The film is about a pianist who, as a child, was emotionally beaten by his father. His father made him play, play, play. It was about becoming successful. And that’s the film. He does this, and the kid grows up. Then he has a breakdown and goes into a mental institution. Then, when he’s Geoffrey Rush, he’s all fucked up. He stutters, talks a mile a minute, is erratic. But he still plays a mean piano. That’s it, really. And what’s worse — Geoffrey Rush didn’t really play piano. And if he did — they didn’t show it. I can at least see them saying, “Hey, he played all these parts in the movie, that’s why we gave it to him.” But he didn’t. They shot around his hands on the piano. So, no. I don’t like this movie or the fact that he won for it. It’s boring, it’s standard heavy-handed biopic, and I’m sure it left out so many details that don’t paint the dude as such a martyr. Nuh uh. Very anti-this film.
Leigh — Oh man, and a Mike Leigh film was nominated too? Christ this is a terrible year. The only thing missing is Woody Allen and Robert Altman. Then I really would have jumped off a bridge.
I don’t like Mike Leigh movies. I understand they are an actor’s dream and have some great performances in them, but, for me, they’re just brutal to watch. The way he works is — here’s a basic story. We’ll use this one as an example. A poor, working class woman has a daughter with a random black man. She gives her up because she couldn’t handle it, didn’t want her daughter growing up in her kind of world. She isn’t ready for a child. So, then time moves on and she ends up having a family. Then, thirty years later, the daughter, having gotten the medical records, calls her mother and begins to establish a relationship with her. And that’s the premise. Not so strange, right? Okay, now, here’s how Mike Leigh takes it.
Start the film. You, you and you, go in a room, and talk. About something. It’s really just boring, inane conversation. And the first twenty minutes of this movie are scenes of nothing happening. Then, the daughter calls. And that happens. Then finally, midway through the film, they meet. And that ten minutes is the only ten minutes that are worthwhile in the film.
There they are. Powerful stuff. Then, the rest of the film is the daughter coming over to a party the mother has for someone, and the people interacting. That’s really all it is. I don’t know how people watch these movies. at least something like Blue Valentine has more interesting characters and more going on than just completely inane chatter. Inane chatter is fine, but when you have some sort of plot interest, shit can be interesting. God I hate Mike Leigh movies. No vote.
Minghella — What does it say about a category where a film I don’t even like all that much is a default second choice? That’s fucked up.
The movie’s about a dude who is burned in a bad airplane crash. That’s all we know at the beginning. And Juliette Binoche is a nurse who takes care of him. And he tells her his story, which is, he was a count who fell in love with a married woman. And they secretly had an affair, and were in love, until one day when her husband found out and tried to kill the two of them. Well, he dies, and she is dying, but doesn’t die until he can die in her lover’s arms. That sort of thing. And then he deliberately tries killing himself to be with her. And then Willem Dafoe is there for no reason than to add another plotline, and then Juliette Binoche finds love along the way, and she also mercy kills the dude with an extra dose of morphine. It’s like three hours long, and almost intolerable, aside from Juliette Binoche. Her scenes with Ralph Fiennes were totally cool. If the movie were just that, it would have been okay. Like, 110 minutes, minimal flashbacks, no random con artist dude and bomb defusals. It would have been fine. Here, it’s a bloated mess.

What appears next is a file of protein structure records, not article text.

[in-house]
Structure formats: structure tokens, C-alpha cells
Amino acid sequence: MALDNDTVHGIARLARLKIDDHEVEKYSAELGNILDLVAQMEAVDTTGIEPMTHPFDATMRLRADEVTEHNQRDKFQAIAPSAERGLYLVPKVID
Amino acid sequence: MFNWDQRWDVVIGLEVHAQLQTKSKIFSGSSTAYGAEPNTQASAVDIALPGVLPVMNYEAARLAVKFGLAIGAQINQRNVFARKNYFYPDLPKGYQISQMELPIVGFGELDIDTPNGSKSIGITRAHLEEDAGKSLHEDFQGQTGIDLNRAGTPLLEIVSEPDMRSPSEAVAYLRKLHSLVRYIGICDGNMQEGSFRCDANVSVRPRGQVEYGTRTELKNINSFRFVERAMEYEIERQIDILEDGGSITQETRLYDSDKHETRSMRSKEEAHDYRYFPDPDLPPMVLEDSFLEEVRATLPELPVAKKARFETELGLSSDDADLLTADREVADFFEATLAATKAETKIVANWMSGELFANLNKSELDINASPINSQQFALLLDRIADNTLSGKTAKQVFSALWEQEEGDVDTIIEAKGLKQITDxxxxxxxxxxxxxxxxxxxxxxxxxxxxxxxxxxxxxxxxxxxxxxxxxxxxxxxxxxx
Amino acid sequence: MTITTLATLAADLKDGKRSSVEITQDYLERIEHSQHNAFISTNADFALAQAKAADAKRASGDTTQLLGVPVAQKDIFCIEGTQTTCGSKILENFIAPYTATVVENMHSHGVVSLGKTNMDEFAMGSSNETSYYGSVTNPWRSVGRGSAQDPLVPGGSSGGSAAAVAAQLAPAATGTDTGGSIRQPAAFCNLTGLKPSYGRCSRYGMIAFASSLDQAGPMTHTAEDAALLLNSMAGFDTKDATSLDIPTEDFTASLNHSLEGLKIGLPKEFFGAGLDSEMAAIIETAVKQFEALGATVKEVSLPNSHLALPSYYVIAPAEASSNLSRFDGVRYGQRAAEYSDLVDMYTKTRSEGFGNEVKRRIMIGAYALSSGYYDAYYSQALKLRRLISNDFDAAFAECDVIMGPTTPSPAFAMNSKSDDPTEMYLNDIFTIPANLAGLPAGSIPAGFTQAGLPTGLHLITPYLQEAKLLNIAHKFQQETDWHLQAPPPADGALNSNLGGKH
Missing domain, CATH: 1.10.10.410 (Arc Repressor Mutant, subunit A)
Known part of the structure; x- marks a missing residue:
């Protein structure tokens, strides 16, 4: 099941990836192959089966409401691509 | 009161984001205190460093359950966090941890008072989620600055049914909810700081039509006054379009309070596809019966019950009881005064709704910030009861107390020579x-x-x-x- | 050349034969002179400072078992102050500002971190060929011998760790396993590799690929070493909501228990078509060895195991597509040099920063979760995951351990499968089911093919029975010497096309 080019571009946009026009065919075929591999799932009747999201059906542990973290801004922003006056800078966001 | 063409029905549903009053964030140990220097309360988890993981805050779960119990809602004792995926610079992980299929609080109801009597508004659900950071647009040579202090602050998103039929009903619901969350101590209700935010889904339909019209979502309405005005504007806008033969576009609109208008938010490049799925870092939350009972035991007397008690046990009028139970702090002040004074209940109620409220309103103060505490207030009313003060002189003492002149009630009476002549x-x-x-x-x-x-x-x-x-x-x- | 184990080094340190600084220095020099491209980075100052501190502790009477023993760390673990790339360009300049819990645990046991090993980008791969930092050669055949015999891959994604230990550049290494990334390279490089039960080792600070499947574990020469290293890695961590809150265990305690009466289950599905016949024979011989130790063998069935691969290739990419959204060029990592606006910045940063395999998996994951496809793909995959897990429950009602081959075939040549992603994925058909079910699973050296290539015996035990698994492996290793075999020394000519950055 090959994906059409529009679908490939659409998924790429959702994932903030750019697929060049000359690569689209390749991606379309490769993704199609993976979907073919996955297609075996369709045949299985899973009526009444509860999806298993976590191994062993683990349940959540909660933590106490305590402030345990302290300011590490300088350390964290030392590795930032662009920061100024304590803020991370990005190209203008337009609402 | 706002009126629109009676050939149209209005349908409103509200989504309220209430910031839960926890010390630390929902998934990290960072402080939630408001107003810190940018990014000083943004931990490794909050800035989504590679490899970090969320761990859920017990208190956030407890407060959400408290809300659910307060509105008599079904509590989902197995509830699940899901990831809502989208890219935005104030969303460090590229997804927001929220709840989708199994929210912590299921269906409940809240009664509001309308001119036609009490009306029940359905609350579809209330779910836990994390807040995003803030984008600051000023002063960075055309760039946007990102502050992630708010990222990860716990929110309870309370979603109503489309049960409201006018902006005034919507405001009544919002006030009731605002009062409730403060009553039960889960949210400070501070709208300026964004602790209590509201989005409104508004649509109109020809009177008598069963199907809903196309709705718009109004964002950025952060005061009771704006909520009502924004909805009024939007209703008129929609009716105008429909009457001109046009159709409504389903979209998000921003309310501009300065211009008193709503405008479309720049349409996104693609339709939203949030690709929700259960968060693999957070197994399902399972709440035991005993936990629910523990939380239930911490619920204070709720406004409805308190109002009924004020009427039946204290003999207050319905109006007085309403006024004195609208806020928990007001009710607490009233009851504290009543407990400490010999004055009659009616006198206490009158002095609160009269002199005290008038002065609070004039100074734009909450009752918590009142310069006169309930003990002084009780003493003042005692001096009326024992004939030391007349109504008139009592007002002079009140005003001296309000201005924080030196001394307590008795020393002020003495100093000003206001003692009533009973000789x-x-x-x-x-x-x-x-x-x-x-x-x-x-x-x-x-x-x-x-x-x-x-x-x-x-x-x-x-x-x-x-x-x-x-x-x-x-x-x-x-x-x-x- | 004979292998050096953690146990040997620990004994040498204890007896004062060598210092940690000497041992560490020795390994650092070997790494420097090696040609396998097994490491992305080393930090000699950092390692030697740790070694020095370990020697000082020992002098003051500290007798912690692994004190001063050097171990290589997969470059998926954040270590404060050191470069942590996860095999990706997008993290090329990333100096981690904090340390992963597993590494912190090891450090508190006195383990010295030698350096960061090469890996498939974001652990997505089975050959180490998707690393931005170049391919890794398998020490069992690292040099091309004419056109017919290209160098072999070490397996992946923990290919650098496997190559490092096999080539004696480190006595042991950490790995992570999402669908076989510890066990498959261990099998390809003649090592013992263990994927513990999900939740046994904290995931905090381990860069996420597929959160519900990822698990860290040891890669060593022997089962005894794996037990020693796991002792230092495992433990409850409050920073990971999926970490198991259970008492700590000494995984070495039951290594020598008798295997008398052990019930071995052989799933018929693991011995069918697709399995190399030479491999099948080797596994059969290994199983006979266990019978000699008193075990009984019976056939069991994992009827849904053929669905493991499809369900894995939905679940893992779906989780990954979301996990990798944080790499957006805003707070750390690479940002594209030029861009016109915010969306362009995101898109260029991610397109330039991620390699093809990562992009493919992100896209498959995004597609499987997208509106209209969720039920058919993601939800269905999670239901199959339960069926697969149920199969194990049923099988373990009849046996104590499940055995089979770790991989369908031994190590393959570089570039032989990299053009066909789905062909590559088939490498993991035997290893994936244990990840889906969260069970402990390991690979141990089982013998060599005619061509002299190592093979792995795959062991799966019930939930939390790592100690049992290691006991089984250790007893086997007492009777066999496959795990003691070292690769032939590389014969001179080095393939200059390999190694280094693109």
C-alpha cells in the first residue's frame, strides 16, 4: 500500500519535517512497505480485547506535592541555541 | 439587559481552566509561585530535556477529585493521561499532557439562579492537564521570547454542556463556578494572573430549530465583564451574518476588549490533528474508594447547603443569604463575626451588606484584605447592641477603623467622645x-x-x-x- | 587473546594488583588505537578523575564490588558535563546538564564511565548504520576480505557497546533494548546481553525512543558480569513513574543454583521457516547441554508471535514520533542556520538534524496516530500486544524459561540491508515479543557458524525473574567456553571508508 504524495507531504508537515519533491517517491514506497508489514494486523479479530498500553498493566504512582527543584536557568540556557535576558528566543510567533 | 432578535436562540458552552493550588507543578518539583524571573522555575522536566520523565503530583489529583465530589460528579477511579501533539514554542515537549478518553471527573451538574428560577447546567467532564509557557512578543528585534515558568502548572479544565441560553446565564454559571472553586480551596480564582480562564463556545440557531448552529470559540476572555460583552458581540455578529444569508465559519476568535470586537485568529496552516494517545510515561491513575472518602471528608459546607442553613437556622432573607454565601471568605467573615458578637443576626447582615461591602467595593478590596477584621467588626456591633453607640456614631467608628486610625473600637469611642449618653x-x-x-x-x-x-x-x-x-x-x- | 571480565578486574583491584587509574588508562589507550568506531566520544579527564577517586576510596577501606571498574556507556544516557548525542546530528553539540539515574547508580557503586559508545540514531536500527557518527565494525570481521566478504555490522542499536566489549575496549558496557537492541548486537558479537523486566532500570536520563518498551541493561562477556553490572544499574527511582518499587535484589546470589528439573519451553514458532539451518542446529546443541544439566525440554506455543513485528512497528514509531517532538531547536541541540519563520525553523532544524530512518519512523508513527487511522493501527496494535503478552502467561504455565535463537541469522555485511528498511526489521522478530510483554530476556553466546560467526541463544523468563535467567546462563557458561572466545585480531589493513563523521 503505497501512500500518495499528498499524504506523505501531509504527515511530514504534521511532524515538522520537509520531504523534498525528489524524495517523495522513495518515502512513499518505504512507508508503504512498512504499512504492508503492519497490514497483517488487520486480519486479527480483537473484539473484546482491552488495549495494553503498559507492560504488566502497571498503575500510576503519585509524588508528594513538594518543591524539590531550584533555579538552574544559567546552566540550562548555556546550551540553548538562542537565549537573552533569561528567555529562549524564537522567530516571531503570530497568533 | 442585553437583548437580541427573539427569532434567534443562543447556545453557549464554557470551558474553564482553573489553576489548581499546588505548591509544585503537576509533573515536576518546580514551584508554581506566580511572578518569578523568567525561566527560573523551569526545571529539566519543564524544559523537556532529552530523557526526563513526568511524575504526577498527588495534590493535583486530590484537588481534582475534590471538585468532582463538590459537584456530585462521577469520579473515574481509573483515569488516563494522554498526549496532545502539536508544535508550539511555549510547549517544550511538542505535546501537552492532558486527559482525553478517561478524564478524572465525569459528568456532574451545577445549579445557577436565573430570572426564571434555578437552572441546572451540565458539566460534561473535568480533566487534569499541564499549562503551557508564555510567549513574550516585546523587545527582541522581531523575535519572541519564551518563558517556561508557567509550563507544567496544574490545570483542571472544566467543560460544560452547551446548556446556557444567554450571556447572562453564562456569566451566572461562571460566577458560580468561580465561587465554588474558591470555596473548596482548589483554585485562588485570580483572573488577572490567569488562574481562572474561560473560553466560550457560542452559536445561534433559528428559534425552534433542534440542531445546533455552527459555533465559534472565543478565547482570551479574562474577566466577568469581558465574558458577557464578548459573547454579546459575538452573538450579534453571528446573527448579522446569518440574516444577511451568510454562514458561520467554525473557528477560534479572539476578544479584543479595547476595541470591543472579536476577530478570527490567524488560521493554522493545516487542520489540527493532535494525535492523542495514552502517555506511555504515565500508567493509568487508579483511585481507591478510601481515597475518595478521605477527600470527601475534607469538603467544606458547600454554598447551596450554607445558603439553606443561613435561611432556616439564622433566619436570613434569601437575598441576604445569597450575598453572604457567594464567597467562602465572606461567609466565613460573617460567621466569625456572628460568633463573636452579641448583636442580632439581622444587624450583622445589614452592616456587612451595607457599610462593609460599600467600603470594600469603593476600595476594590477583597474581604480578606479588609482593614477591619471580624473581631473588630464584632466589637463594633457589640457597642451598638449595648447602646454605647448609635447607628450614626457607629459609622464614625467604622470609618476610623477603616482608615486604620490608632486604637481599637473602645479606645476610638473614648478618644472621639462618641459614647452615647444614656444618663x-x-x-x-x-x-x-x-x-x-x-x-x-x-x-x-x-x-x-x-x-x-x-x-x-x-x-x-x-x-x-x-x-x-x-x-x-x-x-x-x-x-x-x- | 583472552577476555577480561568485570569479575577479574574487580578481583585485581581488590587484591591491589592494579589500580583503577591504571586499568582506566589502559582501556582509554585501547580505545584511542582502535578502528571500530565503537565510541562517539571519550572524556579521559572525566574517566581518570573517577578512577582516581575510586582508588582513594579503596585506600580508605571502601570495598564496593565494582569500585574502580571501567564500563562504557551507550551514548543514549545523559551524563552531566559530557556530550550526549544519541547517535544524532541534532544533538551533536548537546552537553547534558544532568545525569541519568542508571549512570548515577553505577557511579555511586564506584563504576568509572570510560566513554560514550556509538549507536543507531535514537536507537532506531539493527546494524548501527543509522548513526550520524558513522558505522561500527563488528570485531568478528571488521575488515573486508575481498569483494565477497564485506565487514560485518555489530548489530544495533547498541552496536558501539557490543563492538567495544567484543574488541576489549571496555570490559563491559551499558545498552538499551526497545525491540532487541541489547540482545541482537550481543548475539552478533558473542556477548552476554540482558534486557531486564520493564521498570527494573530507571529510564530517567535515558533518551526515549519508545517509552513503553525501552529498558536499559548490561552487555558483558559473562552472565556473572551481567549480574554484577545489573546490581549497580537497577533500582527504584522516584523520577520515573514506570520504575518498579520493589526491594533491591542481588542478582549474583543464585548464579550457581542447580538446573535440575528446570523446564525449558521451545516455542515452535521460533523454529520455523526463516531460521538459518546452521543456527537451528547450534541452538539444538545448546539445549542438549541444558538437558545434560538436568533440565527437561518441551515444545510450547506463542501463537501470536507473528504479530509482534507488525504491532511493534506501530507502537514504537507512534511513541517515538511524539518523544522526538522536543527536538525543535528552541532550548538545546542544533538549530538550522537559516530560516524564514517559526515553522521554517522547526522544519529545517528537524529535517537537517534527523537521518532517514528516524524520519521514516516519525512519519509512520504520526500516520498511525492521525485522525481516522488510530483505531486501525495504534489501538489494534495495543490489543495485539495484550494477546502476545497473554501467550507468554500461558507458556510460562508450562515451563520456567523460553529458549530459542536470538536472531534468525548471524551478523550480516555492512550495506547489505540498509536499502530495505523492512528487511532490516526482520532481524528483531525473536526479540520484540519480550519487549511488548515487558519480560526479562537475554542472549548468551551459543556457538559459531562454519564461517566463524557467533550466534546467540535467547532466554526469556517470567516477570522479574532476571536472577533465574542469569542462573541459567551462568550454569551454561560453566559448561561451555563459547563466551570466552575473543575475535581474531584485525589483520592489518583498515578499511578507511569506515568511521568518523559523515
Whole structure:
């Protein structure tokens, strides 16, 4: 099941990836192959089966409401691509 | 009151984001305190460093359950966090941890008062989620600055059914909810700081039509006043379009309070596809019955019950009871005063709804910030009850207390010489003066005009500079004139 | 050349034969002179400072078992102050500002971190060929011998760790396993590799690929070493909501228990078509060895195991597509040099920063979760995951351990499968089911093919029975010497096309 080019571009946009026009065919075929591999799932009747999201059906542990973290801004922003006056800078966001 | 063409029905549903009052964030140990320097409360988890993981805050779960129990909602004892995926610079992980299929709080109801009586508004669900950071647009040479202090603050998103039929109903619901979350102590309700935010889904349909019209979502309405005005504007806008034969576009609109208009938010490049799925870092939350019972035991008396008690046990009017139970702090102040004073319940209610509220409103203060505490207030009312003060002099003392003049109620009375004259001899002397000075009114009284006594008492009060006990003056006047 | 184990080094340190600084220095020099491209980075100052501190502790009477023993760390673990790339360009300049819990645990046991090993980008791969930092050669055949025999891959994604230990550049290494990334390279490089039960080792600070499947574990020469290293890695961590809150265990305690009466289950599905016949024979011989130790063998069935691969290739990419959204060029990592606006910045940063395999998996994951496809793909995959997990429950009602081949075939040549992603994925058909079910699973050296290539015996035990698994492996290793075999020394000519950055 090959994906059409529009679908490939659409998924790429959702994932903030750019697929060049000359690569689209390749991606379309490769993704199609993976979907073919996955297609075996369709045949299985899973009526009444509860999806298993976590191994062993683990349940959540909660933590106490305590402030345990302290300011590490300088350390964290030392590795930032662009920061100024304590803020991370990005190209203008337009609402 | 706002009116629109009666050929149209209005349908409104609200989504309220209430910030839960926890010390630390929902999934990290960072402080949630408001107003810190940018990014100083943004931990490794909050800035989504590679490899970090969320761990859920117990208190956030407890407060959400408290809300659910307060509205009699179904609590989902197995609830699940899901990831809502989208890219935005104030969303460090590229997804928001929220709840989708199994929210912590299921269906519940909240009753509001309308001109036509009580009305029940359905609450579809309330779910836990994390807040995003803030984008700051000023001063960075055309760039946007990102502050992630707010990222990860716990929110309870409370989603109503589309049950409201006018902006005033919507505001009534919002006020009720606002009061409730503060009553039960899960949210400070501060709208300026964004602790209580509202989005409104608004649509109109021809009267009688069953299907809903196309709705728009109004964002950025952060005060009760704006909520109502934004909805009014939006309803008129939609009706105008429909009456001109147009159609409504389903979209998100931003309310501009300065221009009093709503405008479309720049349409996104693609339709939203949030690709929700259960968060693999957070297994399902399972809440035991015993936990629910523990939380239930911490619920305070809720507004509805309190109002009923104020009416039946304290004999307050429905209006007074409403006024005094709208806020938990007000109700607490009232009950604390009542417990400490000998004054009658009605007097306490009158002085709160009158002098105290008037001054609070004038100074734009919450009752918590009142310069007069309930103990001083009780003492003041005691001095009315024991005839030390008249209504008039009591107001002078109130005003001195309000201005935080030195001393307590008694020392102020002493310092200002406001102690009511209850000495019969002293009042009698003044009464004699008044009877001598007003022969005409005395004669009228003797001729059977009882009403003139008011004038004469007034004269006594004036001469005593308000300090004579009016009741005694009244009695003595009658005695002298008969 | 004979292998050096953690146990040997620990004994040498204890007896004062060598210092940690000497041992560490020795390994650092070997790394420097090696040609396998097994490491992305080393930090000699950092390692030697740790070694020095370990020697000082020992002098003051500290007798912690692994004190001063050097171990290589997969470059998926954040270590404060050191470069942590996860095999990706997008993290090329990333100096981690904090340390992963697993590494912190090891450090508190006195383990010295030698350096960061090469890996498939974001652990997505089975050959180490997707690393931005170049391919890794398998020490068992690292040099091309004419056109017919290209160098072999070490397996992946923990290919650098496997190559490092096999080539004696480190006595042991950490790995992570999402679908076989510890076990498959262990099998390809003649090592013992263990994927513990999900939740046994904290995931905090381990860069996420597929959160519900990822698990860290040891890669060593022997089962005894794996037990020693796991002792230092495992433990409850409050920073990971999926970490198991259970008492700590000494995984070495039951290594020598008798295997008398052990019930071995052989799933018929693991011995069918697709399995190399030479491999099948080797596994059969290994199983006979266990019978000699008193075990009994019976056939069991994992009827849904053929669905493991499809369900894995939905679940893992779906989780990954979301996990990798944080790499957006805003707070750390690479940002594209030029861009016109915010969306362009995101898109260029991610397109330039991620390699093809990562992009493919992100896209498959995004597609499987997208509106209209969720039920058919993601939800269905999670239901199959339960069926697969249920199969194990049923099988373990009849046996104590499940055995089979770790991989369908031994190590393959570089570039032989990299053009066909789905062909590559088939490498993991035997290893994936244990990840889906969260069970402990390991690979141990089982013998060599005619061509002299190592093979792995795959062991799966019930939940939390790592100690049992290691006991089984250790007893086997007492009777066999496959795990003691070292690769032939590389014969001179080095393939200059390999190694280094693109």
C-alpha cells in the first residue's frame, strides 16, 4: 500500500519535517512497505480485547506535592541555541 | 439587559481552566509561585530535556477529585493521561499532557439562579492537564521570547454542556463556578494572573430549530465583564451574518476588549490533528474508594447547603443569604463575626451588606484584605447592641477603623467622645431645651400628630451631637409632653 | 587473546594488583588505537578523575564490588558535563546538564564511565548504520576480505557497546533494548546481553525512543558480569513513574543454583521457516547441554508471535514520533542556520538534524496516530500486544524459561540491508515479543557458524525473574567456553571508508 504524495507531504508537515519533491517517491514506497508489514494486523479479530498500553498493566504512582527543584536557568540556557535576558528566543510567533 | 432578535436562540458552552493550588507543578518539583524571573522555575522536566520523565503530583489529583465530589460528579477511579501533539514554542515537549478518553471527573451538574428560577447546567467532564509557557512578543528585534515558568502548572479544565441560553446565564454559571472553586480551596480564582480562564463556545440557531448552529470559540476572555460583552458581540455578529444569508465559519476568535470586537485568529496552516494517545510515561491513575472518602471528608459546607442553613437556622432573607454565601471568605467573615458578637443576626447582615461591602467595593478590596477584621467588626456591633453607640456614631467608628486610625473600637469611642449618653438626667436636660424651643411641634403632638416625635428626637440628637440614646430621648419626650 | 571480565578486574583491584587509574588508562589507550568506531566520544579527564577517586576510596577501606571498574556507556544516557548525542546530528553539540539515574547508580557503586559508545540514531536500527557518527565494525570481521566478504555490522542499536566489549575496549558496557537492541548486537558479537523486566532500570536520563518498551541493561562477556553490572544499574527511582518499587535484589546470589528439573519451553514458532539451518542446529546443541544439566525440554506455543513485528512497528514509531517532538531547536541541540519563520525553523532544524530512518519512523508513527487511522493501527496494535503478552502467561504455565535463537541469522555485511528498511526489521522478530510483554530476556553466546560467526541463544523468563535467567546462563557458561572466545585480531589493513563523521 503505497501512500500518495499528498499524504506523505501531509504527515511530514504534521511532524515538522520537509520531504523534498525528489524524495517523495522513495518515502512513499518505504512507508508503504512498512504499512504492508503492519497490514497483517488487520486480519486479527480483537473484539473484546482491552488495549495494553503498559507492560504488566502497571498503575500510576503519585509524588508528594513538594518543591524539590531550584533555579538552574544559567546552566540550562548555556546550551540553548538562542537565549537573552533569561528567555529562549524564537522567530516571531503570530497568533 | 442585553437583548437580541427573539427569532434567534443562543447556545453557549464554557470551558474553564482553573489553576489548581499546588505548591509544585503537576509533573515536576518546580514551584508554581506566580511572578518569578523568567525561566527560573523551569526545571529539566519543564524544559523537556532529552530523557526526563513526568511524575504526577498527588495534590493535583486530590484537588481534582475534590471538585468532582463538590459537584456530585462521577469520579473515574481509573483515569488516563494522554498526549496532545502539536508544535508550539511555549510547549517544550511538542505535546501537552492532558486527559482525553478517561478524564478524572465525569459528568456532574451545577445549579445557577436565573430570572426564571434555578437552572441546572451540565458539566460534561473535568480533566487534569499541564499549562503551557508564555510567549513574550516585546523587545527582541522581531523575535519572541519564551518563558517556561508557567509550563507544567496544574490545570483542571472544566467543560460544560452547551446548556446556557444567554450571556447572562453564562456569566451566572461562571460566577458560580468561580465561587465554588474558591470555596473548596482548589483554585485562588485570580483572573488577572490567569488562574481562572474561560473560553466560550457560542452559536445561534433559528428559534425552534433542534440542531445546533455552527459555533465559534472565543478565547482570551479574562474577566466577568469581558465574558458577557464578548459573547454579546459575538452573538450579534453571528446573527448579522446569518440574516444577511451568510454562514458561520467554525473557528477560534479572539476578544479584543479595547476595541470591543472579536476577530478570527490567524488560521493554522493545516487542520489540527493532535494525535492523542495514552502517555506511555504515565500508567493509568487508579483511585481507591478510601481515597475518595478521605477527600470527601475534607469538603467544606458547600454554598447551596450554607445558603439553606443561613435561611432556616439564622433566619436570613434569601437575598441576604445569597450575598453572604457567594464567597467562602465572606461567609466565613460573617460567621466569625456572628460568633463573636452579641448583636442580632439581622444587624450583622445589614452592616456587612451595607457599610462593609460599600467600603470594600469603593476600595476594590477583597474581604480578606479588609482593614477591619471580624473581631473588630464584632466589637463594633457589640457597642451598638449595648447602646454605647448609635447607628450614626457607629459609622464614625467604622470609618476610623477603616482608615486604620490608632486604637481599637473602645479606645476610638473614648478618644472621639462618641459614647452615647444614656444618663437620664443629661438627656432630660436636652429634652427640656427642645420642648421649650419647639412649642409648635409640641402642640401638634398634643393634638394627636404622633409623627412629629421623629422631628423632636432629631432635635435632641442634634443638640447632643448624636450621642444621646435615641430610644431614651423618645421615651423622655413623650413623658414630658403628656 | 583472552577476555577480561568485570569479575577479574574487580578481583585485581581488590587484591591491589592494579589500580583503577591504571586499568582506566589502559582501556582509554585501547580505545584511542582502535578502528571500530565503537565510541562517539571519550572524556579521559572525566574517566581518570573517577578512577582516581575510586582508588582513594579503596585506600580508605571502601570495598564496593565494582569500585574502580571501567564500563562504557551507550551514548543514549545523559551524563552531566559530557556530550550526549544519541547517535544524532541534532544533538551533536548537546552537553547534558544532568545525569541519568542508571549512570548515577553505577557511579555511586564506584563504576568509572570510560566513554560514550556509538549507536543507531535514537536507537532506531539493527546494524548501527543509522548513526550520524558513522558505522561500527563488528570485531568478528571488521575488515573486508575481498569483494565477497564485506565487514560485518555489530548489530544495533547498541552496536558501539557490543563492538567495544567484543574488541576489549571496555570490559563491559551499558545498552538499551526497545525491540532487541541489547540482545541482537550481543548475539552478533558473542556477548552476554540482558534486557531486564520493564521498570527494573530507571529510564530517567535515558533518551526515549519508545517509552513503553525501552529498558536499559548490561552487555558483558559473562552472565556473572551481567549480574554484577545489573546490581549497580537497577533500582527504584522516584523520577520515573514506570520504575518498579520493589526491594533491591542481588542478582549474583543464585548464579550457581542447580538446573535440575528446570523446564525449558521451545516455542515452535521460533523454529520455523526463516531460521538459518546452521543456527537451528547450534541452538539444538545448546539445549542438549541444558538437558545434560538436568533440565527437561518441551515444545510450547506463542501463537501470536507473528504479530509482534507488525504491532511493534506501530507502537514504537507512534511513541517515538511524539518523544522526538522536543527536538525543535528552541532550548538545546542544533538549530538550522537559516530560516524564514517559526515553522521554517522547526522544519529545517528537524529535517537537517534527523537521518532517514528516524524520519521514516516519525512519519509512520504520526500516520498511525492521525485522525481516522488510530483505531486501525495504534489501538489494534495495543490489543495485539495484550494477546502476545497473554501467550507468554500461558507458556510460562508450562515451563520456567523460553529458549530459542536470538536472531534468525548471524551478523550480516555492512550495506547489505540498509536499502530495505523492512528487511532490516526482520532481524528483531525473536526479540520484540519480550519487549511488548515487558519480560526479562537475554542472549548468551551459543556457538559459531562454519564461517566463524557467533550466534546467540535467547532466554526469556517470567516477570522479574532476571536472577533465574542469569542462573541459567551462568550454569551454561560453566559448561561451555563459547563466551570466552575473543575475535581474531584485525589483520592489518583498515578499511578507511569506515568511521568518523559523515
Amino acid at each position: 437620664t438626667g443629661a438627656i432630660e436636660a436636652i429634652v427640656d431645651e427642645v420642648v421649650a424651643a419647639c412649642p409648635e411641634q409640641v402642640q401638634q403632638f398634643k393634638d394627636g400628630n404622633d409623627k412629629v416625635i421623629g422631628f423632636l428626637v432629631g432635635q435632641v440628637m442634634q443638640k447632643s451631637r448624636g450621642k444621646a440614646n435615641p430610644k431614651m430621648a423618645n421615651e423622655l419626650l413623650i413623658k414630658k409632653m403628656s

Put it this way — that Seinfeld episode about this movie — was totally right. And that shit came out the year this movie came out. So people knew about this from the start. And yet it won anyway. You just can’t do anything about this sometimes. Fucking Harvey Weinstein. The man’s a genius, but, wow, this movie sucked.
My Thoughts: Coen brothers deserve this Oscar. Hands down. Sadly, Minghella is actually second choice, which means there was no way he wasn’t winning. But fuck that, I can do what I want.
My Vote: Coen
Should Have Won: Coen
Is the result acceptable?: No answer. The result — is. I leave it to everyone to collectively decide whether it’s okay or not.
Ones I suggest you see: Fargo. I think I’ve made my opinion on it quite clear. That’s it. Oh, wait, Larry Flynt. That’s also good. Those two. Fargo is a must-see. Flynt is a great movie you might want to check out if you have the opportunity. Courtroom movies always hold fascination.
You’re totally right. Joel Coen & Ethan Coen should have won that year. I mean maybe I would care less if Anthony Minghella won Best Director for The English Patient, if Fargo won Best Picture that year, but no, The English Patient won Best Picture too. And that is just fucking stupid.
September 27, 2013 at 9:32 am